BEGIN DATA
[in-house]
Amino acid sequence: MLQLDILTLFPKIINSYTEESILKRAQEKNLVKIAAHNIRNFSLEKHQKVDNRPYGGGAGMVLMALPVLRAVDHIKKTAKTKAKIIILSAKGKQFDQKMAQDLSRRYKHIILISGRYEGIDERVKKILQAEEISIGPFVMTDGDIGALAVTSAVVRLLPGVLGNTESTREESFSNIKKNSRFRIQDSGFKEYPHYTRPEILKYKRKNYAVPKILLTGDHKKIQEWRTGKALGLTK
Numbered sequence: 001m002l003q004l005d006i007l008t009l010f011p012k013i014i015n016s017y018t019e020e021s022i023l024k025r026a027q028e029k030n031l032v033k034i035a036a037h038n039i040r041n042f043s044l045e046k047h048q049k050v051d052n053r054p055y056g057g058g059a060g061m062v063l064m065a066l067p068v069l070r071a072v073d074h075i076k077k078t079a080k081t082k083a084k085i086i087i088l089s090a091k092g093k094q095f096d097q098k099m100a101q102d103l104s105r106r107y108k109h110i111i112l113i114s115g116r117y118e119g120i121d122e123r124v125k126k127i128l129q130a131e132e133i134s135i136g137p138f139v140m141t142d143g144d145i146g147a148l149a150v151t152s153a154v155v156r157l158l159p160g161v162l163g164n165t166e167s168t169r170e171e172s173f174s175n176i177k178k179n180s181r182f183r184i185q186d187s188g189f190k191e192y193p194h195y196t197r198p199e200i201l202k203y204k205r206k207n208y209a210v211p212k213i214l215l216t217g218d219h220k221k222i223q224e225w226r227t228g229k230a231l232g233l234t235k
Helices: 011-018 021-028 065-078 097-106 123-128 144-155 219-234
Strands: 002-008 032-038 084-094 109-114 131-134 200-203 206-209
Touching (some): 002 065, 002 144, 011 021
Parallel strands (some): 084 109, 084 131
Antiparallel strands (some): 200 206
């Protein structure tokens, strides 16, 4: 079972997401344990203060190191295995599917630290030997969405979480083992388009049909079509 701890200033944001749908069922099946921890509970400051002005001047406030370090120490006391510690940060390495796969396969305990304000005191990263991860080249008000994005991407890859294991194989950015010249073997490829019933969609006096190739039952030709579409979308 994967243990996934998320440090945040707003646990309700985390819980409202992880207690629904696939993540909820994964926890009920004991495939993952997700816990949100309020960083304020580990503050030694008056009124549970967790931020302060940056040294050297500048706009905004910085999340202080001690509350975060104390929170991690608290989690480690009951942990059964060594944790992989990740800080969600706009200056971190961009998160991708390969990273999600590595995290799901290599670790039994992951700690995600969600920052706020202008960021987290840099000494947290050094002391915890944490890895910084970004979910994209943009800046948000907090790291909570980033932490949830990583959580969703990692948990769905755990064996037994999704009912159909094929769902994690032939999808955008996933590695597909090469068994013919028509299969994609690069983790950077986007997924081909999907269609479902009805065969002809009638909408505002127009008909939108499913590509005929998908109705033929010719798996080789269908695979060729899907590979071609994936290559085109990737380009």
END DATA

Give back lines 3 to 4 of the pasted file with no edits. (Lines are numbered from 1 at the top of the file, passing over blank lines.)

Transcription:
Numbered sequence: 001m002l003q004l005d006i007l008t009l010f011p012k013i014i015n016s017y018t019e020e021s022i023l024k025r026a027q028e029k030n031l032v033k034i035a036a037h038n039i040r041n042f043s044l045e046k047h048q049k050v051d052n053r054p055y056g057g058g059a060g061m062v063l064m065a066l067p068v069l070r071a072v073d074h075i076k077k078t079a080k081t082k083a084k085i086i087i088l089s090a091k092g093k094q095f096d097q098k099m100a101q102d103l104s105r106r107y108k109h110i111i112l113i114s115g116r117y118e119g120i121d122e123r124v125k126k127i128l129q130a131e132e133i134s135i136g137p138f139v140m141t142d143g144d145i146g147a148l149a150v151t152s153a154v155v156r157l158l159p160g161v162l163g164n165t166e167s168t169r170e171e172s173f174s175n176i177k178k179n180s181r182f183r184i185q186d187s188g189f190k191e192y193p194h195y196t197r198p199e200i201l202k203y204k205r206k207n208y209a210v211p212k213i214l215l216t217g218d219h220k221k222i223q224e225w226r227t228g229k230a231l232g233l234t235k
Helices: 011-018 021-028 065-078 097-106 123-128 144-155 219-234